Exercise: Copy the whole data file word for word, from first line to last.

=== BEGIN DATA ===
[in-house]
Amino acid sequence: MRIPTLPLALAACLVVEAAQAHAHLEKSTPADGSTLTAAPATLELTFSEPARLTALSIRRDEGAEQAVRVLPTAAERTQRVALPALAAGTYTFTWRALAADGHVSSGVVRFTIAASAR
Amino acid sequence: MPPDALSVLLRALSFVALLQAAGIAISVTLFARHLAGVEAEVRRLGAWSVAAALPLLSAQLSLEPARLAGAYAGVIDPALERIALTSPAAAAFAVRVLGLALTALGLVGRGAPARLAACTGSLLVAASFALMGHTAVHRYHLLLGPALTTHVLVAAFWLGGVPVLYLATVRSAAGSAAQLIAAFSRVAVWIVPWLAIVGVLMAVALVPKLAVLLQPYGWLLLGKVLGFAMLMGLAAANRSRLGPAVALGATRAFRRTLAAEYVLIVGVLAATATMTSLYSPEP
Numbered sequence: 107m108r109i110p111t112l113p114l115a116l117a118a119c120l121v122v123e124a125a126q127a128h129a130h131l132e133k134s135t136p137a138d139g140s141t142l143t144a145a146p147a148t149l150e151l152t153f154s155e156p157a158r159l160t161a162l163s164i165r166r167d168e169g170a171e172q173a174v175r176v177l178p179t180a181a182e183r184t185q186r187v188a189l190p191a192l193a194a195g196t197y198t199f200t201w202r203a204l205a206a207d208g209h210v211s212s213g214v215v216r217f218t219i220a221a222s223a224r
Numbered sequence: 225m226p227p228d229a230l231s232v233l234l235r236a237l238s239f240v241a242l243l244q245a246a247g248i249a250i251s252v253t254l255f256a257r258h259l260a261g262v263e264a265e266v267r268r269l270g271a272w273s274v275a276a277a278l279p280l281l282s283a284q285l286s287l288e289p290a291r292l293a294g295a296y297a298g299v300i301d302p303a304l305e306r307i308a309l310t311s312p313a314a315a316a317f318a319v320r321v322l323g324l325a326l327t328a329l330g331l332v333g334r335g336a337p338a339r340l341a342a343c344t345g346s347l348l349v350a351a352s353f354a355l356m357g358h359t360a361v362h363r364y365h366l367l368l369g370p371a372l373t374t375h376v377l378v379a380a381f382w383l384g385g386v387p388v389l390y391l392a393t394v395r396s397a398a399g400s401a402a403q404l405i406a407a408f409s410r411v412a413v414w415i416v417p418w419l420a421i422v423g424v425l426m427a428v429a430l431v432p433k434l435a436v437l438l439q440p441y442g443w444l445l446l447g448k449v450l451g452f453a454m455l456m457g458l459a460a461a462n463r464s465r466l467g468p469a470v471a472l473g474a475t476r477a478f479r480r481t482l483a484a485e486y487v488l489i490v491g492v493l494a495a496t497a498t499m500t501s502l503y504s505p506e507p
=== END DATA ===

[in-house]
Amino acid sequence: MRIPTLPLALAACLVVEAAQAHAHLEKSTPADGSTLTAAPATLELTFSEPARLTALSIRRDEGAEQAVRVLPTAAERTQRVALPALAAGTYTFTWRALAADGHVSSGVVRFTIAASAR
Amino acid sequence: MPPDALSVLLRALSFVALLQAAGIAISVTLFARHLAGVEAEVRRLGAWSVAAALPLLSAQLSLEPARLAGAYAGVIDPALERIALTSPAAAAFAVRVLGLALTALGLVGRGAPARLAACTGSLLVAASFALMGHTAVHRYHLLLGPALTTHVLVAAFWLGGVPVLYLATVRSAAGSAAQLIAAFSRVAVWIVPWLAIVGVLMAVALVPKLAVLLQPYGWLLLGKVLGFAMLMGLAAANRSRLGPAVALGATRAFRRTLAAEYVLIVGVLAATATMTSLYSPEP
Numbered sequence: 107m108r109i110p111t112l113p114l115a116l117a118a119c120l121v122v123e124a125a126q127a128h129a130h131l132e133k134s135t136p137a138d139g140s141t142l143t144a145a146p147a148t149l150e151l152t153f154s155e156p157a158r159l160t161a162l163s164i165r166r167d168e169g170a171e172q173a174v175r176v177l178p179t180a181a182e183r184t185q186r187v188a189l190p191a192l193a194a195g196t197y198t199f200t201w202r203a204l205a206a207d208g209h210v211s212s213g214v215v216r217f218t219i220a221a222s223a224r
Numbered sequence: 225m226p227p228d229a230l231s232v233l234l235r236a237l238s239f240v241a242l243l244q245a246a247g248i249a250i251s252v253t254l255f256a257r258h259l260a261g262v263e264a265e266v267r268r269l270g271a272w273s274v275a276a277a278l279p280l281l282s283a284q285l286s287l288e289p290a291r292l293a294g295a296y297a298g299v300i301d302p303a304l305e306r307i308a309l310t311s312p313a314a315a316a317f318a319v320r321v322l323g324l325a326l327t328a329l330g331l332v333g334r335g336a337p338a339r340l341a342a343c344t345g346s347l348l349v350a351a352s353f354a355l356m357g358h359t360a361v362h363r364y365h366l367l368l369g370p371a372l373t374t375h376v377l378v379a380a381f382w383l384g385g386v387p388v389l390y391l392a393t394v395r396s397a398a399g400s401a402a403q404l405i406a407a408f409s410r411v412a413v414w415i416v417p418w419l420a421i422v423g424v425l426m427a428v429a430l431v432p433k434l435a436v437l438l439q440p441y442g443w444l445l446l447g448k449v450l451g452f453a454m455l456m457g458l459a460a461a462n463r464s465r466l467g468p469a470v471a472l473g474a475t476r477a478f479r480r481t482l483a484a485e486y487v488l489i490v491g492v493l494a495a496t497a498t499m500t501s502l503y504s505p506e507p